What bothered me about the cycling experience was that I’m not used to being excluded in athletic activities especially when social rather than competitive. I’ve been running for over 25 years. I usually race in the top 20% for my age group. In triathlon, I’ve made podium for my age group multiple times. I’m active, fit and adept at many activities. This group ride was the first time I felt so excluded. Not a part of the in-group. My inability to go as fast as the others cast me into the out-group and it felt like my age cast a shadow on the perception of my ability.
Is this real? Or am I making it up? The answer seems to be yes and no. We want to feel included and acknowledged and when we don’t the exclusion hurts. Is the exclusion real? It is to the person feeling it. In-group members tend not to be aware of their in-group status. It’s their ‘normal’ and the norms of the group – whether spoken or unspoken – influence behaviours and actions accordingly.
The consulting experience was one of inclusion. My previous corporate experience, combined with my education, research and many years in the field make me part of the in-group for this corporate client.
Here’s another significant question. Would I have been as hurt if the potential client rejected me outright because I don’t have experience in her industry or perhaps she thought I was too old? No, I would not have been upset. Because I wouldn’t have taken it personally.
But I took the cycling experience personally. Even though I knew no one intentionally meant to do harm. Two of my top values are equity and inclusion. The cycling experience is an example of inequity in a social activity. Given the privilege and opportunity I’ve had throughout my life as well as athletic accomplishment, I’ve been able to hang out with the in-group. Now, two aspects of my identity – age and physical ability – are casting me into a new and different experience.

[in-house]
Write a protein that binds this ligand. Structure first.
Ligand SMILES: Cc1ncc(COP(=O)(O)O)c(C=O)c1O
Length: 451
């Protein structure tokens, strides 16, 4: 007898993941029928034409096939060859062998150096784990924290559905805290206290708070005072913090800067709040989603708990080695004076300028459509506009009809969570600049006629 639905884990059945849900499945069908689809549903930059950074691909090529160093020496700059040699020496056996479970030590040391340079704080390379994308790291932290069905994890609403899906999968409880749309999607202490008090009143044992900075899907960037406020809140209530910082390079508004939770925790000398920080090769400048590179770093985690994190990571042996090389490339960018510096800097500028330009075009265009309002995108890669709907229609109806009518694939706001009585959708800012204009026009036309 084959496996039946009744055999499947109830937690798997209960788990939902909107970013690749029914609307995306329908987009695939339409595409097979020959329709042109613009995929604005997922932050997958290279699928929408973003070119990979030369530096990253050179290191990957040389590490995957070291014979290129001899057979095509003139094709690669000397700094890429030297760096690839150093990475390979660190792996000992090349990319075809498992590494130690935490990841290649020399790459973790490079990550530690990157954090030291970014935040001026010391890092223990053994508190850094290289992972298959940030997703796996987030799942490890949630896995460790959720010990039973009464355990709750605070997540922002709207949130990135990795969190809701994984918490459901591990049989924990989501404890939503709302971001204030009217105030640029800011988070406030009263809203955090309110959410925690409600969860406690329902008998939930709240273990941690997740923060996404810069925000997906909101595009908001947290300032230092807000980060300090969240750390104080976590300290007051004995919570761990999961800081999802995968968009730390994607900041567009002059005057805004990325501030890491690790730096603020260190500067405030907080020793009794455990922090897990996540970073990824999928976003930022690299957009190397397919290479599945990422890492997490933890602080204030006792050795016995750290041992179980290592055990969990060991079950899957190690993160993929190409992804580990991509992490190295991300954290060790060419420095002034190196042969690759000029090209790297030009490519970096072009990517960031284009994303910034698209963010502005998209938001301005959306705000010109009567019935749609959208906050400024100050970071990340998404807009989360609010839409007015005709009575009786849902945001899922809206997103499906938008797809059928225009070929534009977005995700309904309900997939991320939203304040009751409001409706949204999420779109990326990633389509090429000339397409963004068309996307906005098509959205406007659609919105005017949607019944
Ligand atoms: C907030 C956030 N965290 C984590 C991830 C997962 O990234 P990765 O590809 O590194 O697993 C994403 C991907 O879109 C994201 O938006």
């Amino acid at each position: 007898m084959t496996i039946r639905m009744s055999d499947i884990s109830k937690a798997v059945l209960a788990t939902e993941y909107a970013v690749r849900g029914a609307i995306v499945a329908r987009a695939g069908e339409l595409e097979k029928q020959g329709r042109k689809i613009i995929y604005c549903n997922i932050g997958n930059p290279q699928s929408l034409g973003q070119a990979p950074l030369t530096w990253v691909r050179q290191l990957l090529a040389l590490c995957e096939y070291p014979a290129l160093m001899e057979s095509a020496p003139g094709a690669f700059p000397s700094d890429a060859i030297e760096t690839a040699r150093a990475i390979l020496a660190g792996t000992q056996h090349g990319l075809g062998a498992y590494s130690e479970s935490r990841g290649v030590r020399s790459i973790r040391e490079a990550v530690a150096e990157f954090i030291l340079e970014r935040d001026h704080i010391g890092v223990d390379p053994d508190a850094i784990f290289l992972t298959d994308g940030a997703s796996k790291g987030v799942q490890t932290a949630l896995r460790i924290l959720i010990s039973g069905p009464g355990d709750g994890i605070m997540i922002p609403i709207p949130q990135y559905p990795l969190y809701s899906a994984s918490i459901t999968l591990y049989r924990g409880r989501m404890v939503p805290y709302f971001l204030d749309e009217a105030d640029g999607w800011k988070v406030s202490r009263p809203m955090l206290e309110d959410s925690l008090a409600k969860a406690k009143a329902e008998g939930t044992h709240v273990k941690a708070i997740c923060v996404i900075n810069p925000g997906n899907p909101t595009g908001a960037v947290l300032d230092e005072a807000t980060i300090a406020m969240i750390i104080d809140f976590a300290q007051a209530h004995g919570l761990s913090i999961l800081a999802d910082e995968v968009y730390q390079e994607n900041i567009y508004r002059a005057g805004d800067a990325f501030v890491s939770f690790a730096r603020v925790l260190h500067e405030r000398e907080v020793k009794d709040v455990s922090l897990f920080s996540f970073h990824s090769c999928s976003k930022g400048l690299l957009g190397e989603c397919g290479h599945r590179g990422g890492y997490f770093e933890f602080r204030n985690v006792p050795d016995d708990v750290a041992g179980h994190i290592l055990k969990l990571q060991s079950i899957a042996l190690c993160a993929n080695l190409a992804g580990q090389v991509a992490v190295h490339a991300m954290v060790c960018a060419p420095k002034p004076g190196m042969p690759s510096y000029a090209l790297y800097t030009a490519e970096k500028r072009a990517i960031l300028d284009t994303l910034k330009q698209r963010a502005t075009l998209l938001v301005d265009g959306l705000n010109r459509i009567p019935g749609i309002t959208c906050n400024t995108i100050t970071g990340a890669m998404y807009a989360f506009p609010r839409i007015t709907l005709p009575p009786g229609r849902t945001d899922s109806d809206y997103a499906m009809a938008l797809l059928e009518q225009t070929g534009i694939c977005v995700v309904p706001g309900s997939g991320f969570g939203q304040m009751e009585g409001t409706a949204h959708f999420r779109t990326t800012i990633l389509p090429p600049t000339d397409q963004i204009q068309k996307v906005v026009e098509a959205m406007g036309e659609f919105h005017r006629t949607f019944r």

In-groups and out-groups are both real and imagined. The experience of being in the in-group goes unnoticed – it is the norm. Being in the out-group or cast into the out-group because of some aspect of our identity can really hurt. Do in-groups really exist? Yes…and they can change in a heartbeat. Dare I say, just think politics for a moment. Or new research causing a paradigm shift. Fighting can happen between in-groups and between out-groups. It’s complicated.
The best we can do is stay true to our values, respect each other, include others, be kind and choose to hang out with people whose values align with our own. Or accept the situation and choose our engagement thoughtfully. Pick your moments. We can be courageous and speak up and at the same time we want to careful not to waste our energy fighting a losing battle. Maybe you take on a leadership role and create your own group to meet your needs and others like you. Which I did by enlisting a friend to co-create a women’s cycling group where all levels are welcome. Another friend and I co-created a women’s running group where everyone is accommodated.
Think for a moment. Where are you part of in-groups? Are you aware of your in-group status? When have you felt excluded or part of the out-group? Which one came to mind more readily? Out-group status tends to linger in our memory longer because we are more acutely aware of those feelings. Look around and see who you can reach out to and include in an activity or group. Make the feeling of inclusion real!